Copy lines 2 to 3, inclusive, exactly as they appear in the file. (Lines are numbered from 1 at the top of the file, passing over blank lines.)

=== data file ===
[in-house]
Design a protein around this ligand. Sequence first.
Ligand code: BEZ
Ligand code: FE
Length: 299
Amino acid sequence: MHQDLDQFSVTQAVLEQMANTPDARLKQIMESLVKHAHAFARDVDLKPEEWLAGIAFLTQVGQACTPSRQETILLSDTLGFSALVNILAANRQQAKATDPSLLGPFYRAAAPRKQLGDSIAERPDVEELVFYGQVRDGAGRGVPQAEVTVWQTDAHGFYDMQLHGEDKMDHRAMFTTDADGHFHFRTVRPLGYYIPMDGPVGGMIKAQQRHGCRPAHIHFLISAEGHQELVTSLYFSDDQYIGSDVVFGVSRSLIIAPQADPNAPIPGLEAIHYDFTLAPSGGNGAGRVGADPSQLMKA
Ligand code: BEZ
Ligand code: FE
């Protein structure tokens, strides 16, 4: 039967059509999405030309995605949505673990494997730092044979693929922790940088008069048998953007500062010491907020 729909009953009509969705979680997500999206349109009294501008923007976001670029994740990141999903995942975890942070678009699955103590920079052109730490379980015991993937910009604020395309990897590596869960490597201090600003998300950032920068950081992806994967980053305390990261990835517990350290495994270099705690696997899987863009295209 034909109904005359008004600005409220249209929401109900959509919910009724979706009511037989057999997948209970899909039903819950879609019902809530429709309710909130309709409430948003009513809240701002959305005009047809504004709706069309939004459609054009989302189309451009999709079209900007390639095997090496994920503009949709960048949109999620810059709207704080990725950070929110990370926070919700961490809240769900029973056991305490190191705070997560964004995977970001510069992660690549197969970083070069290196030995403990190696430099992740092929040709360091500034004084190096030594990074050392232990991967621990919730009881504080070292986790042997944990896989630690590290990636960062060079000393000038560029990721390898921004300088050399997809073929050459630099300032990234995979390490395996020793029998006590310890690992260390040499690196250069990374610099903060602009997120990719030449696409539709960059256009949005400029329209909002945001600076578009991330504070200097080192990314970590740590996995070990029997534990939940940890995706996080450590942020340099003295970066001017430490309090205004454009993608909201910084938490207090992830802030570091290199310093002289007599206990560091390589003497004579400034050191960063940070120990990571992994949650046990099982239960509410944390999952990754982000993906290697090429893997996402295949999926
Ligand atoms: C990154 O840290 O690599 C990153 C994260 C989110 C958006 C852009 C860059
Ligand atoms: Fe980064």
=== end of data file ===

Design a protein around this ligand. Sequence first.
Ligand code: BEZ